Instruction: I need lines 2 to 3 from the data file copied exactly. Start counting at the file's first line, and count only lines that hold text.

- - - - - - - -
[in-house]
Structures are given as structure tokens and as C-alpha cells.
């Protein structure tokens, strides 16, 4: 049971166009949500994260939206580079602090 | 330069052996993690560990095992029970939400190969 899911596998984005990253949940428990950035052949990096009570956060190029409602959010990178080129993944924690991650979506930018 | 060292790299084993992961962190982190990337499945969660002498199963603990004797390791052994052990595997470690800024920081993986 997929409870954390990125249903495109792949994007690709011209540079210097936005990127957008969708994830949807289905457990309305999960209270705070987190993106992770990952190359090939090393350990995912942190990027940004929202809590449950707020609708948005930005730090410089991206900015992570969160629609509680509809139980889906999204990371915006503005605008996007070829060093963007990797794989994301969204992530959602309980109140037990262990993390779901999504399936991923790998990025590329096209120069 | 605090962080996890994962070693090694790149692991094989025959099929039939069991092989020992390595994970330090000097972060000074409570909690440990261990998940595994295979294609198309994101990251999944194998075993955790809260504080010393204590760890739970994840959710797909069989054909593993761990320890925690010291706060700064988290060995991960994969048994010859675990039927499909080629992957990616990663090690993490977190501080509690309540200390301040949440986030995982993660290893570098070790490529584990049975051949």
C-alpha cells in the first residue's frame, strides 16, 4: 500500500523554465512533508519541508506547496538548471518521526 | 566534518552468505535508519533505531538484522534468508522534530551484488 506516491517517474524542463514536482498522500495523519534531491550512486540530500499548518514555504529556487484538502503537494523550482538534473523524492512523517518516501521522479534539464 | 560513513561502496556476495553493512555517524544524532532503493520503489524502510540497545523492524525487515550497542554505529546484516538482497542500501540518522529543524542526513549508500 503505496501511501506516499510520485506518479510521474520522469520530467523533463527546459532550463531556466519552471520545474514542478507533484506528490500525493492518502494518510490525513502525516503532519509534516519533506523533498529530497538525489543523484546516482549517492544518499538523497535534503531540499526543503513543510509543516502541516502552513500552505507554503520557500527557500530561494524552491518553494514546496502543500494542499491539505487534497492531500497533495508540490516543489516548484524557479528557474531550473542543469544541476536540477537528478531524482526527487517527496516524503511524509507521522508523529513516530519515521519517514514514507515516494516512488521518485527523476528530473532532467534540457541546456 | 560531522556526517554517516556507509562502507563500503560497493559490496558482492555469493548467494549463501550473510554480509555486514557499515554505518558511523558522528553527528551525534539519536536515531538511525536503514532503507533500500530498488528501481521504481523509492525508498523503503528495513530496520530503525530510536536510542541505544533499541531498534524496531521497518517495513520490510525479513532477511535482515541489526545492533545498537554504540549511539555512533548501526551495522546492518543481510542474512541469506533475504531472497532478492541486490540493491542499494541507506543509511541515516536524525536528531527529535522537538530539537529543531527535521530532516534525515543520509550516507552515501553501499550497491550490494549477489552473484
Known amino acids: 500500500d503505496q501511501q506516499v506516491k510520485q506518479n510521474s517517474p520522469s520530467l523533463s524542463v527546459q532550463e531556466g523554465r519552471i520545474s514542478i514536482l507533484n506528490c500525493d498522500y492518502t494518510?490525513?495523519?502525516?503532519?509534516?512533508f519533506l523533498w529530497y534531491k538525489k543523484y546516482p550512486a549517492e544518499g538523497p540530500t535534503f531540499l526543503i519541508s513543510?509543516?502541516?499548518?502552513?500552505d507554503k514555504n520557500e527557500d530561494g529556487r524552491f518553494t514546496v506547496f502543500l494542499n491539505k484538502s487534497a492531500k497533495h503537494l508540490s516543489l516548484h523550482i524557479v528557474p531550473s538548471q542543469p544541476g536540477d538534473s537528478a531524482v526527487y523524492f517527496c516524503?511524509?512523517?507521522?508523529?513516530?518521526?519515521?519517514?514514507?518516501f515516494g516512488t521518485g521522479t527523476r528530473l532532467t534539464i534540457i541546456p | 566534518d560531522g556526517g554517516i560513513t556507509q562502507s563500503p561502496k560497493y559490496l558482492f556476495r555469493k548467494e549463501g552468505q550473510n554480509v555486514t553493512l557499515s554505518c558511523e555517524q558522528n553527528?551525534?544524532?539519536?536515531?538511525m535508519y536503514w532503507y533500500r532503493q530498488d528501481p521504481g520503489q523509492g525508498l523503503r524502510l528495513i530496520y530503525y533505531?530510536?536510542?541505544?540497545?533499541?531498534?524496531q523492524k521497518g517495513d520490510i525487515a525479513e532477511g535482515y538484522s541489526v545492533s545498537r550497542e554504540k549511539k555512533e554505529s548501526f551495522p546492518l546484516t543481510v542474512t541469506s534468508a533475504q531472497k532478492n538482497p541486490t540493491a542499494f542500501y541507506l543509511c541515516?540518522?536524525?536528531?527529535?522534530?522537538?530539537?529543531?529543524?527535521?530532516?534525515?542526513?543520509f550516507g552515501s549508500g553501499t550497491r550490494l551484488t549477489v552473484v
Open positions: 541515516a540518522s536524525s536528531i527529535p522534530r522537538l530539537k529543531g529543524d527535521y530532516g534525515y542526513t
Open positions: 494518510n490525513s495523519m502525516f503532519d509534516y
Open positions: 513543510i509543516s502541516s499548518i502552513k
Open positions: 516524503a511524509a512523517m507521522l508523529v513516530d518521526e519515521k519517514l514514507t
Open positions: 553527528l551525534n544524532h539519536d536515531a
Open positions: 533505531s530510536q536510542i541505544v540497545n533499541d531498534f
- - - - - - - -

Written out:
Structures are given as structure tokens and as C-alpha cells.
């Protein structure tokens, strides 16, 4: 049971166009949500994260939206580079602090 | 330069052996993690560990095992029970939400190969 899911596998984005990253949940428990950035052949990096009570956060190029409602959010990178080129993944924690991650979506930018 | 060292790299084993992961962190982190990337499945969660002498199963603990004797390791052994052990595997470690800024920081993986 997929409870954390990125249903495109792949994007690709011209540079210097936005990127957008969708994830949807289905457990309305999960209270705070987190993106992770990952190359090939090393350990995912942190990027940004929202809590449950707020609708948005930005730090410089991206900015992570969160629609509680509809139980889906999204990371915006503005605008996007070829060093963007990797794989994301969204992530959602309980109140037990262990993390779901999504399936991923790998990025590329096209120069 | 605090962080996890994962070693090694790149692991094989025959099929039939069991092989020992390595994970330090000097972060000074409570909690440990261990998940595994295979294609198309994101990251999944194998075993955790809260504080010393204590760890739970994840959710797909069989054909593993761990320890925690010291706060700064988290060995991960994969048994010859675990039927499909080629992957990616990663090690993490977190501080509690309540200390301040949440986030995982993660290893570098070790490529584990049975051949």